Earlier this week I had a discussion with a colleague who, like many, is fearing a significant drop in the stock market and conversely, his retirement account. His concerns are not without reason: Every day in the financial press we see article after article about how overvalued equity markets are domestically and around the globe. Not only this, but the current September to November time frame historically tends to be very weak in terms of stock market performance.
This friend of mine off-the-cuff asked me if he should begin taking ‘short’ positions in stocks in the anticipation of protecting his portfolio and even making some profits along the way when his prediction of an impending stock market decline materializes. Specifically he mentioned what are called ‘Inverse ETFs’ (exchange traded funds) in his inquiry and whether he should begin building a position in these products.
What are inverse ETFs? Inverse ETFs are essentially a bundled investment that attempts to do just what their name implies: provide a return that is equal in magnitude, but opposite in direction, on a particular stock market index or benchmark that they are trying to replicate. For example, investing in the ProShares Short S&P 500 ETF (ticker symbol: SH) will provide investors with a return equal to the opposite return of the S&P 500 index. Inverse ETF products are abundant and offered on a wide variety of market indexes and benchmarks. For example, one can gain short exposure to a particular country like China (ex. the Direxion Daily CSI 300 China A Fund), a sector like energy (ex. the ProShares Short Oil and Gas Fund) or even volatility (ex. the ProShares Short VIX Short-Term Futures Fund).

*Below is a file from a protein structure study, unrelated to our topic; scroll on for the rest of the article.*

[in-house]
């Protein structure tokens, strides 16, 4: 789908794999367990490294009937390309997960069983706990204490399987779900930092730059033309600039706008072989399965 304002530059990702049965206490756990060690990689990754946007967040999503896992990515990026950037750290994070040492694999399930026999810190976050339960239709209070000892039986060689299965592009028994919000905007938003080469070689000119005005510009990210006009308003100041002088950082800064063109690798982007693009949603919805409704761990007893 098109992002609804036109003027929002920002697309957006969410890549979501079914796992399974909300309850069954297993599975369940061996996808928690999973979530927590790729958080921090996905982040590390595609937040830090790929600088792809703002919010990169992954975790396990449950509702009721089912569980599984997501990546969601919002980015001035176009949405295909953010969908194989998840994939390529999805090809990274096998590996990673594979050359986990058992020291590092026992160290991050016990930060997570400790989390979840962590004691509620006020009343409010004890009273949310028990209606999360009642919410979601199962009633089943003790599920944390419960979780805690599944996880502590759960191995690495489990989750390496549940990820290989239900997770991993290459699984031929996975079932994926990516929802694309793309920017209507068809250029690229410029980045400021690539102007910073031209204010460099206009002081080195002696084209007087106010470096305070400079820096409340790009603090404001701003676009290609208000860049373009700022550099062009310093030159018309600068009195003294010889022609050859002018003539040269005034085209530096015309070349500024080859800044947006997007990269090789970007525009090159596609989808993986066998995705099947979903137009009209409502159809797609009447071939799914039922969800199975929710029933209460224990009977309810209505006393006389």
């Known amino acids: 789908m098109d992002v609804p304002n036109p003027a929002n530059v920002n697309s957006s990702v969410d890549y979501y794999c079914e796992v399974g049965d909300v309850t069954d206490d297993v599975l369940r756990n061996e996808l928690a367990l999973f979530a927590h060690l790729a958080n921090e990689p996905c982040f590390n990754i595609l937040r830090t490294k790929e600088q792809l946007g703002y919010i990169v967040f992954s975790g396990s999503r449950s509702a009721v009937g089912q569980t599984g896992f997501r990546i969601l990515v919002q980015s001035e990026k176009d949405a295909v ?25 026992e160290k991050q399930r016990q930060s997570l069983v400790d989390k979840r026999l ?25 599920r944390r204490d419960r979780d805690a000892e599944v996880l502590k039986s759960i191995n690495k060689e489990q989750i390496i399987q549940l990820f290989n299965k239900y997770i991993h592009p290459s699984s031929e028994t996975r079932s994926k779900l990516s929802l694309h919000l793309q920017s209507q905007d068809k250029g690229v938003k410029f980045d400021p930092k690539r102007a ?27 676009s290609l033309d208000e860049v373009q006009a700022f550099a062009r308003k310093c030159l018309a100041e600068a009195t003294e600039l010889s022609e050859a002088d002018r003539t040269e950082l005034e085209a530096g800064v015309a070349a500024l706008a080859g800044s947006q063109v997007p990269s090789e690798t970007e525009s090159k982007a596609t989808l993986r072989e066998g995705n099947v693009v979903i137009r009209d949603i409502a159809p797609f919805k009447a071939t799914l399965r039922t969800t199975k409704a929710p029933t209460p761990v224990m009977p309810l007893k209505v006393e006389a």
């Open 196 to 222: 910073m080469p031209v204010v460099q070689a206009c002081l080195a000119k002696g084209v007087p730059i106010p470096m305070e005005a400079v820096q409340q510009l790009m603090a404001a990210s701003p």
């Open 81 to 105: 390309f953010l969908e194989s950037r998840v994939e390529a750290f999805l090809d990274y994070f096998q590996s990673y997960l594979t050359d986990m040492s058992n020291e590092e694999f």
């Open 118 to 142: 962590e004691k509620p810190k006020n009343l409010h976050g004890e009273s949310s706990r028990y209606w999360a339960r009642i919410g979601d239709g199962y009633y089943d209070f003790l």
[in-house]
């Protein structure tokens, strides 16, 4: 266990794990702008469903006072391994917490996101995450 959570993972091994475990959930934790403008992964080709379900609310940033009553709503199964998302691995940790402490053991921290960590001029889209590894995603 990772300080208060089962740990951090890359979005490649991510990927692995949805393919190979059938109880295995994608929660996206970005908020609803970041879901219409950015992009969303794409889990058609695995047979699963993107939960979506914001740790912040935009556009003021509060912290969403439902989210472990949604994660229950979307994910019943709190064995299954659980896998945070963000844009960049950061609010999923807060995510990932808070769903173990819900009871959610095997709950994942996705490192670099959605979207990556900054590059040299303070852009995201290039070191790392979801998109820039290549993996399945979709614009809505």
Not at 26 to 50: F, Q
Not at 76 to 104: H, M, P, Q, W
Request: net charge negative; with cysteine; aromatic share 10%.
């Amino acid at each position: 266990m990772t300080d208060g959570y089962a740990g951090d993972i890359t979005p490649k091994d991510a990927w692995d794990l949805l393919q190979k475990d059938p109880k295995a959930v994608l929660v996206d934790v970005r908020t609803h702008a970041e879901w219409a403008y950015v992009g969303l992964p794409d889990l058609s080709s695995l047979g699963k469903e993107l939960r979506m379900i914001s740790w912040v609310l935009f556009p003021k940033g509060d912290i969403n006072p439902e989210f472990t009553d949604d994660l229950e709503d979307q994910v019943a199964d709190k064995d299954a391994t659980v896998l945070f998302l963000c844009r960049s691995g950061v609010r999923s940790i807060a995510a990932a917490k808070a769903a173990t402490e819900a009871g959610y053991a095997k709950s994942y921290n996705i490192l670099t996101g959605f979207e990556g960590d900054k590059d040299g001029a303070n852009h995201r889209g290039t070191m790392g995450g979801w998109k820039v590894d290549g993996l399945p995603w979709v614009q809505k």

Respectfully I responded to my colleague with the comparison of inverse ETFs to a long weekend in Las Vegas at the black jack table, or worse yet, playing the one-armed bandits as slot machines are affectionately referred to. Just like gambling at the casino, the longer you stay invested in inverse ETFs, the greater your chance of losing money, which can turn into a lot of money if you’re not careful and let the position get away from you. In essence, due to the variety of risks involved in these funds, it is inevitable that the majority of investors WILL lose money.
Why are inverse ETFs so risky? The problem with these products is that come with a variety of unique risks that immediately put an investor at a distinct disadvantage right from the start. In fact, if one takes a look at the prospectus of an even fairly plain-vanilla inverse ETF, the ProShares Short S&P 500 (ticker symbol: SH), in bold writing, bottom right hand corner of page 4, under “Principal Risks”: You may lose the full principal value of your investment within a single day. Right away this should raise a red flag, at a minimum.
How many risks are involved with inverse ETFs? Our relatively straightforward inverse ETF like the ProShares Short S&P 500 ETF comes with 22 risk. 22! Many of these risk are fairly complicated and beyond the scope of not only the majority of investors, but also this article. Just for interest’s sake, a few risk that are particular to inverse ETFs are: risks associated with derivatives, leverage risk, compounding risk, correlation risk, rebalancing risk, counterparty risk, short sale exposure risk and inverse correlation risk.
Now getting back to my colleague who was inquiring about buying inverse ETFs to protect his portfolio in a stock market downturn: He’s thinking that as long as you hold an inverse ETF for whatever period of time, you will receive the exact opposite return of the index that it is intended to replicate, right? Wrong. Dead wrong.